summarization search is finished with all of the buckets, it is complete. The
  overall search runtime is determined by the slowest machine in the
  environment.
* When this setting is set to "true", all of the machines run for "max_time"
  (approximately). The Splunk platform repeatedly polls the buckets for new
  data to summarize.
* Set 'poll_buckets_until_maxtime' to "true" if your data model is sensitive to
  summarization latency delays.
* When 'poll_buckets_until_maxtime' is set to "true", the Splunk platform
  counts the summarization search against the number of concurrent searches you
  can run until "max_time" is reached.
* Default: false

acceleration.cron_schedule = <cron-string>
* This setting provides the cron schedule that the Splunk platform follows when
  it probes or generates the column stores of this data model.
* Default: */5 * * * *

acceleration.manual_rebuilds = <boolean>
* Whether or not the Splunk platform is prohibited from automatically rebuilding
  outdated summaries using the 'summarize' command.
* This is an advanced setting.
* Normally, during the creation phase, the 'summarize' command automatically
  rebuilds summaries that are considered to be out-of-date, such as when the
  configuration backing the data model changes.
* The Splunk platform considers a summary to be outdated when either of these
  conditions are present:
  * The data model search stored in its metadata no longer matches its current
	data model search.
  * The data model search stored in its metadata cannot be parsed.
* When set to "true", the Splunk platform does not rebuild outdated summaries
  using the 'summarize' command.
* NOTE: If the Splunk platform finds a partial summary to be outdated, it always
  rebuilds that summary so that a bucket summary only has results corresponding
  to one data model search.
* Default: false

acceleration.max_concurrent = <unsigned integer>
* The maximum number of concurrent acceleration instances for this data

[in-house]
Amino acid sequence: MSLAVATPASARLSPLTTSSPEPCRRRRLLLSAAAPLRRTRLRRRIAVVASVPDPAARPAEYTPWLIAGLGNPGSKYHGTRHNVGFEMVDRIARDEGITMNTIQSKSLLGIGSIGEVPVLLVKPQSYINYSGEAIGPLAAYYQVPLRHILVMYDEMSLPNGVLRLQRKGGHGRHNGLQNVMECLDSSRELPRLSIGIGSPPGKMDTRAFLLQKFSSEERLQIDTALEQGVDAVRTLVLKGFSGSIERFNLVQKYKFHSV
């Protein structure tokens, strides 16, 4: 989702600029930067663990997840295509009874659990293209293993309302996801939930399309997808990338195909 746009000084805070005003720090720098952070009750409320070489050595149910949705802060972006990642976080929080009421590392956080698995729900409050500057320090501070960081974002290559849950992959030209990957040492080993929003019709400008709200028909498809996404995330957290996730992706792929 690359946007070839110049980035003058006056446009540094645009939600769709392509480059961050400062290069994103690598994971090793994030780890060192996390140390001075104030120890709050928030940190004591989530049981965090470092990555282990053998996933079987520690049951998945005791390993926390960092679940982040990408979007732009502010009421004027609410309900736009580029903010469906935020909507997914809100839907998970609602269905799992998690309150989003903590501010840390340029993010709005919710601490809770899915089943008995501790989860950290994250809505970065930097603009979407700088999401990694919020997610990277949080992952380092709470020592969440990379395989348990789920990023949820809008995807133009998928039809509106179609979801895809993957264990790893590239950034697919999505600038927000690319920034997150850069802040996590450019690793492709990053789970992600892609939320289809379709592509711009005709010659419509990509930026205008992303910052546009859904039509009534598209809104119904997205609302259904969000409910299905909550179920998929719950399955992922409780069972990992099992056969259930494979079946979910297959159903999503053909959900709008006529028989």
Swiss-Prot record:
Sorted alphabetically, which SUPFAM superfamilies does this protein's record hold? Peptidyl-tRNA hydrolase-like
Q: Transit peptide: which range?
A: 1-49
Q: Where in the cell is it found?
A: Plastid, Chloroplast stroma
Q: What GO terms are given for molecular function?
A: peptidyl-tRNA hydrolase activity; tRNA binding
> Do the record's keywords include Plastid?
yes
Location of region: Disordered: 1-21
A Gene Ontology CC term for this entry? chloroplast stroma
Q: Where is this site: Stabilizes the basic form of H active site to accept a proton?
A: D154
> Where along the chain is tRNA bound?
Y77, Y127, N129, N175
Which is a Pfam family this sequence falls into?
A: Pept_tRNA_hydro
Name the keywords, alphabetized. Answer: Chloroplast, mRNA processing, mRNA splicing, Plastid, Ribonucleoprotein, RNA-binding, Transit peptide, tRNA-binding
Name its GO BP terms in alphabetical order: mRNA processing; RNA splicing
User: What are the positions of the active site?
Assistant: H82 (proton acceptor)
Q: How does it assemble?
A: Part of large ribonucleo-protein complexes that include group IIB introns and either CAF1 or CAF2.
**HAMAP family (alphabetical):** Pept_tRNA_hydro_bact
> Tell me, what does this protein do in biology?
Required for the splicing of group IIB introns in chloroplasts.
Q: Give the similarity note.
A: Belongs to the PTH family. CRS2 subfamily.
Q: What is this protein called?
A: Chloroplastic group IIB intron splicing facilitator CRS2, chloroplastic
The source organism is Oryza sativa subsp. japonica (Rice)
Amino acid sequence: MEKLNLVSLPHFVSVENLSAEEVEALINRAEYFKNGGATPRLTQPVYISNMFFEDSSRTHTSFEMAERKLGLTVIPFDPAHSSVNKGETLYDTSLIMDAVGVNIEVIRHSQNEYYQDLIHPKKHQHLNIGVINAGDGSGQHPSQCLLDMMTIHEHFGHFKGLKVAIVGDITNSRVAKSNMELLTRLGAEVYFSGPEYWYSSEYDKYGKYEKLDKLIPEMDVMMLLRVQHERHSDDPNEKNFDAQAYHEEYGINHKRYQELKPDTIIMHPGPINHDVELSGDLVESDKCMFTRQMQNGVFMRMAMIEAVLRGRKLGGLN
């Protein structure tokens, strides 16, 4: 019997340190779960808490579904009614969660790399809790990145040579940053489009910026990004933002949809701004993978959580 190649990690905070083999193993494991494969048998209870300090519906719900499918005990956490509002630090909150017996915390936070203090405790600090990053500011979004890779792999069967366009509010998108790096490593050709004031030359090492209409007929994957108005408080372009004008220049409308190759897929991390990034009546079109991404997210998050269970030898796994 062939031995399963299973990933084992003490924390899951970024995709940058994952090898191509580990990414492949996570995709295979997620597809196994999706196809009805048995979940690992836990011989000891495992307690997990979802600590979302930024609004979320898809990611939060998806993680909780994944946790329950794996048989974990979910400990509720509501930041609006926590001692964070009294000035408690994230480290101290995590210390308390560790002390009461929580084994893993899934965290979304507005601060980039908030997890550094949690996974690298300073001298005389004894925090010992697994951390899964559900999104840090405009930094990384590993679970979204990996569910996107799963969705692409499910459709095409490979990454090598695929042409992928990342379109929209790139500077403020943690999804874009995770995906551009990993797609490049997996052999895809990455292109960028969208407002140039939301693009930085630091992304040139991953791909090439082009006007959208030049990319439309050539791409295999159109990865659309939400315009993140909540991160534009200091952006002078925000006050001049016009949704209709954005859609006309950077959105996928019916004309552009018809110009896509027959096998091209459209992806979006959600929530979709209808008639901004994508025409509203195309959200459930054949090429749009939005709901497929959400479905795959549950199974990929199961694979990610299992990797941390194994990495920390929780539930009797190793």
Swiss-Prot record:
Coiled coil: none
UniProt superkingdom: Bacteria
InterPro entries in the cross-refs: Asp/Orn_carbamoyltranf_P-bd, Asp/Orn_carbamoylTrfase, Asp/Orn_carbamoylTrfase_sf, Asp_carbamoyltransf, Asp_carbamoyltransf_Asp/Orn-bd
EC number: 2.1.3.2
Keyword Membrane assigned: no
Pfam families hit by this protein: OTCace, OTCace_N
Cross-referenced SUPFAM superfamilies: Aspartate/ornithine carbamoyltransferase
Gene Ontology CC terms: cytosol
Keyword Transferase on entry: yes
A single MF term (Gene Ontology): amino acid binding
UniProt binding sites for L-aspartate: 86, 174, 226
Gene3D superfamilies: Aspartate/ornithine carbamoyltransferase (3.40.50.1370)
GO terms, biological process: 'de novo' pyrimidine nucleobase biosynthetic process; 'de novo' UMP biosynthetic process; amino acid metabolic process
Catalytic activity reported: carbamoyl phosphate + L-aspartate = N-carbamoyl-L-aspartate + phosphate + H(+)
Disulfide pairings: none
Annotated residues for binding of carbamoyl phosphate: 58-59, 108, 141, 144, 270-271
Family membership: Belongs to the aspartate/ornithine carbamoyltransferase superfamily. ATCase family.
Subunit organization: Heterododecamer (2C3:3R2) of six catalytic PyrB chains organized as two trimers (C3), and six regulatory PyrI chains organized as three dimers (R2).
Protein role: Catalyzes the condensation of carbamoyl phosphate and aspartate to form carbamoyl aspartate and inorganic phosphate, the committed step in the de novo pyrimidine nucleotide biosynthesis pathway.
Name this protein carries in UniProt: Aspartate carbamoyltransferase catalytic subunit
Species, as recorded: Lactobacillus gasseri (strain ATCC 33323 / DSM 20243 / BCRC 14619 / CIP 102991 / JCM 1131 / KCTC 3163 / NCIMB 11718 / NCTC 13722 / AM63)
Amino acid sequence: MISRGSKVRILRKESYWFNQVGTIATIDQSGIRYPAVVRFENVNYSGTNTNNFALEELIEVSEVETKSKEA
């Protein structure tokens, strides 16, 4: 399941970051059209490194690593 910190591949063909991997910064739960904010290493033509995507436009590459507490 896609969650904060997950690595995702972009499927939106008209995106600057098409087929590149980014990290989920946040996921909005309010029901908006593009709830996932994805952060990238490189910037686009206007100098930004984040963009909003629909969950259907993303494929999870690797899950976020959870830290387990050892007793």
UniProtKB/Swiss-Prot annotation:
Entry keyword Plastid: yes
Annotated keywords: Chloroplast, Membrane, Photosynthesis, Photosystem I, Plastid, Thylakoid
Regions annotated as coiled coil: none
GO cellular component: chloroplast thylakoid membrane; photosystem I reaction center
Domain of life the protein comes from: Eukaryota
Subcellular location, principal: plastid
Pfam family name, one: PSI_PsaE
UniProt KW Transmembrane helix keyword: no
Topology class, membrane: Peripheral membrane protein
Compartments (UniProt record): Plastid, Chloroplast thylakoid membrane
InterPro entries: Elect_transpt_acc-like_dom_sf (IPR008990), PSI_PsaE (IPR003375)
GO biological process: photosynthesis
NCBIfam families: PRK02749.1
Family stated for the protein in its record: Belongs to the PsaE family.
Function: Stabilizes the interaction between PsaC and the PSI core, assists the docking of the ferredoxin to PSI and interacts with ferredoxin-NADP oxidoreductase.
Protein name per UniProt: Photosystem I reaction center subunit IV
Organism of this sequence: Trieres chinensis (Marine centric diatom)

model that the scheduler is allowed to run.
* Default: 3

acceleration.allow_skew = <percentage>|<duration-specifier>
* Allows the search scheduler to randomly distribute scheduled searches more
  evenly over their periods.
* When set to non-zero for searches with the following cron_schedule values,
  the search scheduler randomly "skews" the second, minute, and hour that the
  search actually runs on:
    * * * * *     Every minute.
    */M * * * *   Every M minutes (M > 0).
    0 * * * *     Every hour.
    0 */H * * *   Every H hours (H > 0).
    0 0 * * *     Every day (at midnight).
* When set to non-zero for a search that has any other cron_schedule setting,
  the search scheduler can only randomly "skew" the second that the search runs
  on.
* The amount of skew for a specific search remains constant between edits of
  the search.
* An integer value followed by '%' (percent) specifies the maximum amount of
  time to skew as a percentage of the scheduled search period.
* Otherwise, use <integer><unit> to specify a maximum duration. Relevant units
  are: m, min, minute, mins, minutes, h, hr, hour, hrs, hours, d, day, days.
  The <unit> may be omitted only when the <integer> is 0.
* Examples:
    100% (for an every-5-minute search) = 5 minutes maximum
    50% (for an every-minute search) = 30 seconds maximum
    5m = 5 minutes maximum
    1h = 1 hour maximum
* A value of 0 disallows skew.
* Default: 0

acceleration.schedule_priority = default | higher | highest
* Raises the scheduling priority of a search:
  * "default": No scheduling priority increase.
  * "higher": Scheduling priority is higher than other data model searches.
  * "highest": Scheduling priority is higher than other searches regardless of
    scheduling tier except real-time-scheduled searches with priority = highest
    always have priority over all other searches.
  * Hence, the high-to-low order (where RTSS = real-time-scheduled search, CSS
    = continuous-scheduled search, DMAS = data-model-accelerated search, d =
    default, h = higher, H = highest) is:
      RTSS(H) > DMAS(H) > CSS(H)
      > RTSS(h) > RTSS(d) > CSS(h) > CSS(d)
      > DMAS(h) > DMAS(d)
* The scheduler honors a non-default priority only when the search owner has
  the 'edit_search_schedule_priority' capability.
* CAUTION: Having too many searches with a non-default priority impedes the
  ability of the scheduler to minimize search starvation. Use this setting
  only for mission-critical searches.